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Sunday, December 05, 2021

Glasgow 2014: Indian mat-adors

Sushil Kumar leads the way as wrestlers win three gold and one silver on India’s best day in Glasgow.

Written by Chinmay Brahme | Glasgow |
Updated: July 30, 2014 9:58:49 am
Sushil Kumar of India, right, wrestles with Qamar Abbas of Pakistan in the gold medal match (Source: PTI) Sushil Kumar of India, right, wrestles with Qamar Abbas of Pakistan in the gold medal match (Source: PTI)

A huge roar went up in the packed wrestling hall at the SECC complex when the ring announcer hollered out Sushil Kumar’s name before his semi-final clash. As the 31-year-old took his first step into an arena with a generous number of Indian flags waving around, the wrestler seemed stunned just for a moment.

The next few seconds perhaps gave out the reason for Sushil’s surprise. Seated to his right, a burly old man, a bright red Fedora perched on his head, had just bounced to his feet clapping his huge hands together. The spontaneity of Sushil’s mentor and father-in-law Satpal’s applause caused water to spurt out of the bottle in his hand, showering his protege’s twins in wife Savi’s arms with stray droplets.

As Sushil’s twins bawled, the wrestler, till then a picture of focus, craned his neck, firing off a quick smile to his wife, who busied herself with quieting down her little ones.

Eight minutes later, having dispatched Nigerian, Melvin Bibo off in an engaging contest, Sushil bounded up the bleachers, picking up one of his boys as the rest of his family patted his back.

Tuesday had been Sushil’s day through and through. India’s only two-time individual Olympic medallist hardly broke a sweat as he packed off Jayden Lawrence with a commanding 11-0 scoreline. Next up was Kushan Sundrange. The Sri Lankan barely forced Sushil to exert himself any further, as the latter produced another dominating performance, winning the bout 10-0. In both bouts, Sushil won four technical points, not giving his opponents any ground, as he rolled into the semi-final. The wrestler, participating in the 74kg category for the first time, seemed to take to his new weight grouping like a duck to water. Back in June, he announced his entry into the new category with a silver at Sassari in Italy, dispelling any doubts about his chances against heavier opponents.

And in the final, Sushil was in a zone. The gold medal clash against Pakistan’s Qamar Abbas took just 1.47 minutes. Sushil won 6-0, pinning down the Pakistani wrestler emphatically to take a very commanding victory. It was almost a walk in the park, the 31-year-old Sushil coming out all guns blazing immediately going on to attack the Pakistani’s legs, bringing him down in the first ten seconds of the match to earn a four point lead.

Amit’s ‘revenge’

While Sushil’s victory was full of attacking vigor, his younger compatriot Amit Kumar Dahiya was just as impressive in his counter-attacking moves. Dahiya dispatched Ebikweminomo Welson of Nigeria 6-2, letting the taller Nigerian attack him before surprising him with swift raids, which seemed to give the Nigerian little time to think. The moment of the match perhaps came in the final minute of the first round. Welson hoisted the smaller Amit on to his shoulders, ready to fling him to the ground. In a move so deft and fluid, Amit managed to wriggle himself off the Nigerian’s shoulder, landing perfectly on his legs.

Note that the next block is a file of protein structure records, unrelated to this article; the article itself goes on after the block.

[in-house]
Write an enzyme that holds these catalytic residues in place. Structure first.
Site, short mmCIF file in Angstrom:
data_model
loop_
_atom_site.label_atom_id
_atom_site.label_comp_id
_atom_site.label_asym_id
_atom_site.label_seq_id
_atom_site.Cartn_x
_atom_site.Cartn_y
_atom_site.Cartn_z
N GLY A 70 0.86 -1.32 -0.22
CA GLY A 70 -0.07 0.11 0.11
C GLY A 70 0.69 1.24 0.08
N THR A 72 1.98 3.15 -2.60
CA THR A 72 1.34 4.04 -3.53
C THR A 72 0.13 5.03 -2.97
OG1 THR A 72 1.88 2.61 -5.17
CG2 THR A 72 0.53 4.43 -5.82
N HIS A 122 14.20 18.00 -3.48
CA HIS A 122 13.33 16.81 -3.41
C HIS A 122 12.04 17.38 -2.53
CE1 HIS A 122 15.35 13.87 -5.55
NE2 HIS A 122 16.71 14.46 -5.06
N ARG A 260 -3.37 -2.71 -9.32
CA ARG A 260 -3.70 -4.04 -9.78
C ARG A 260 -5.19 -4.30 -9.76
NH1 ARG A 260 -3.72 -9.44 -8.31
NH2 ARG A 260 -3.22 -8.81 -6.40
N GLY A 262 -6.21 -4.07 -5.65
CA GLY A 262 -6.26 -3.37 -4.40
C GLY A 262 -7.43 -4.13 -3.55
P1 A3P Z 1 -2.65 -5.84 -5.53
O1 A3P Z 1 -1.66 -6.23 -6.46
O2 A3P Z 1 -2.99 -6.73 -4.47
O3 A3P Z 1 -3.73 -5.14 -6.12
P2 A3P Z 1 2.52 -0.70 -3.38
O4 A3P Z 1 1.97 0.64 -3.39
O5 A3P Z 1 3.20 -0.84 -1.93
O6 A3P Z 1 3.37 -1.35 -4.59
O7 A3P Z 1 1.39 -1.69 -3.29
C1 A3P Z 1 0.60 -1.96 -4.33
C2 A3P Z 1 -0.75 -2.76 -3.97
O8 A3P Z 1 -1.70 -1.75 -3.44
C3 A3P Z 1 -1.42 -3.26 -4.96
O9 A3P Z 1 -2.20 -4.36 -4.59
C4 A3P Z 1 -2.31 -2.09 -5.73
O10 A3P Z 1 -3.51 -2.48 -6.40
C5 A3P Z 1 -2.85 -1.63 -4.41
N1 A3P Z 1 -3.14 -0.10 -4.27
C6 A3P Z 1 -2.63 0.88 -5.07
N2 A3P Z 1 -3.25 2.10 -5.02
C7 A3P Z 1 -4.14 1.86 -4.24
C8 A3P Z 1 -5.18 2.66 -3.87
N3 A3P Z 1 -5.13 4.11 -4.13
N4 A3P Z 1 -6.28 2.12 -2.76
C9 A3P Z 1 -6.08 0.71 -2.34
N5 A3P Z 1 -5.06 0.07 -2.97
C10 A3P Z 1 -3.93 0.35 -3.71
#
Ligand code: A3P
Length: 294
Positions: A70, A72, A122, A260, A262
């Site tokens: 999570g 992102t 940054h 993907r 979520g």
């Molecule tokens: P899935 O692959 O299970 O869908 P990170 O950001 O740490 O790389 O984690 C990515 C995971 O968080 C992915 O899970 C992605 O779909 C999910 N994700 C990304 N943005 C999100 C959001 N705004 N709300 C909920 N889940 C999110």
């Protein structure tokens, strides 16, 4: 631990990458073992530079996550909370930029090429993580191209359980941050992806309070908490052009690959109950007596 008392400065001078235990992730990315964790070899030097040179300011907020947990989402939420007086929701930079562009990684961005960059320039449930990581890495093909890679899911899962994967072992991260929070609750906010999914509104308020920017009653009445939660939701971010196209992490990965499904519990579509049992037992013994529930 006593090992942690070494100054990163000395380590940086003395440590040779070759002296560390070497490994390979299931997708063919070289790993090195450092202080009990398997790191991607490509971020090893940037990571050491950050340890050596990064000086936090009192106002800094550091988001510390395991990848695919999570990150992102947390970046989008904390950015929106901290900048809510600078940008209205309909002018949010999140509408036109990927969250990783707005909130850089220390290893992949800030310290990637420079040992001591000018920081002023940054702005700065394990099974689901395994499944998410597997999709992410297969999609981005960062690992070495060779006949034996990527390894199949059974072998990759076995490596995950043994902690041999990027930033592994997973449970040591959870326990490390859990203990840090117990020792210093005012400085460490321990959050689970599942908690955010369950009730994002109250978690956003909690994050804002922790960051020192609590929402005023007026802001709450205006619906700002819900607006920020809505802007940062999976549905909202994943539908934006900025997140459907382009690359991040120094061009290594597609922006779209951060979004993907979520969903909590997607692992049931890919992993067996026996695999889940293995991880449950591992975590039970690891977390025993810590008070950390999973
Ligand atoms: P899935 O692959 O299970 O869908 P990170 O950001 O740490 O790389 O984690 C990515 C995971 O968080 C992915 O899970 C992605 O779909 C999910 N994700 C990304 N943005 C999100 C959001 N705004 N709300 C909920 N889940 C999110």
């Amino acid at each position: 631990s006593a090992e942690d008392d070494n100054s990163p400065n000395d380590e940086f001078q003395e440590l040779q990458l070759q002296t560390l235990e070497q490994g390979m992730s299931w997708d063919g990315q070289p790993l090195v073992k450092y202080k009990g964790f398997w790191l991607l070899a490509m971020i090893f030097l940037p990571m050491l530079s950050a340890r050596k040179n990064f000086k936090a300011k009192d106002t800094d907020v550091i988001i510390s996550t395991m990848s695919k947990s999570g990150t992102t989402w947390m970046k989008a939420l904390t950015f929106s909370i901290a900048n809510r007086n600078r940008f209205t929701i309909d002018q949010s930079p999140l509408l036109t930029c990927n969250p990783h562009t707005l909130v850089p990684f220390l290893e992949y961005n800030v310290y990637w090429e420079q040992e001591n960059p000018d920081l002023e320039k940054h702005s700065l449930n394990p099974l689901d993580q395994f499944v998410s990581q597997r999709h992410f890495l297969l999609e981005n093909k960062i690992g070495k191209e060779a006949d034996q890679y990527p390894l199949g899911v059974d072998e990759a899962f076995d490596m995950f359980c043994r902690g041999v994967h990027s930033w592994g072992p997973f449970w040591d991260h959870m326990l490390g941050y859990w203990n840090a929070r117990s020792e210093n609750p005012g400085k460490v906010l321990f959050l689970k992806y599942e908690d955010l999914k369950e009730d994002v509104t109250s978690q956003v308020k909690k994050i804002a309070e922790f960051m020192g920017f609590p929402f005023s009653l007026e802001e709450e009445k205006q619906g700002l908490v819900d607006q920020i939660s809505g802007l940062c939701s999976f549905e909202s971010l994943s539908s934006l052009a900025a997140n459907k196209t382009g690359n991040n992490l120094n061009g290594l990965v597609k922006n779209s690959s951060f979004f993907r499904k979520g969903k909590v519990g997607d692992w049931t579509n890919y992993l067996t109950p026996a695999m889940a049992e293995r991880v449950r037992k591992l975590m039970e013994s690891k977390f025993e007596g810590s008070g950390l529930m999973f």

The presence of wrestlers with Olympic medals and World Championship medals was the deciding factor in India’s brilliant performance, according to Sushil. In a span of 30 giddy minutes, India had bagged three gold medals, Sushil, Amit and the 19-year-old Vinesh who took gold in the women’s 48 kg. “We had prepared really well before coming here and also the practice sessions before the bouts gave us a lot of confidence. The standard of Indian wrestling has gradually increased over the years and today you could see our dominance by the kind of victories the wrestlers have recorded,” said Sushil immediately after his final bout.

Amit Kumar though said that it was the World Championship silver that he won in Budapest was something that was definitely more memorable to him. “I didn’t expect this competition to be so easy. I only had to stretch in my last bout. Before that it was frankly quite straightforward,” he said.

The 20-year-old defeated the reigning Commonwealth champion in the 55 kg class, Pakistan’s Azhar Hussein, a victory which Amit said gave him a lot of satisfaction. “Before the bout, everyone had told me, jaake badla leke aana. The victory and the margin itself gave me a lot of happiness,” he said. Kumar beat Hussain 10-0, avenging Anil Kumar’s loss in the 2010 Games. In the men’s category, Rajeev Tomar was the only Indian wrestler to miss out on a gold medal on Tuesday. Tomar lost to Korey Jarvis of Canada in the finals of the 125 kg category, settling for silver.

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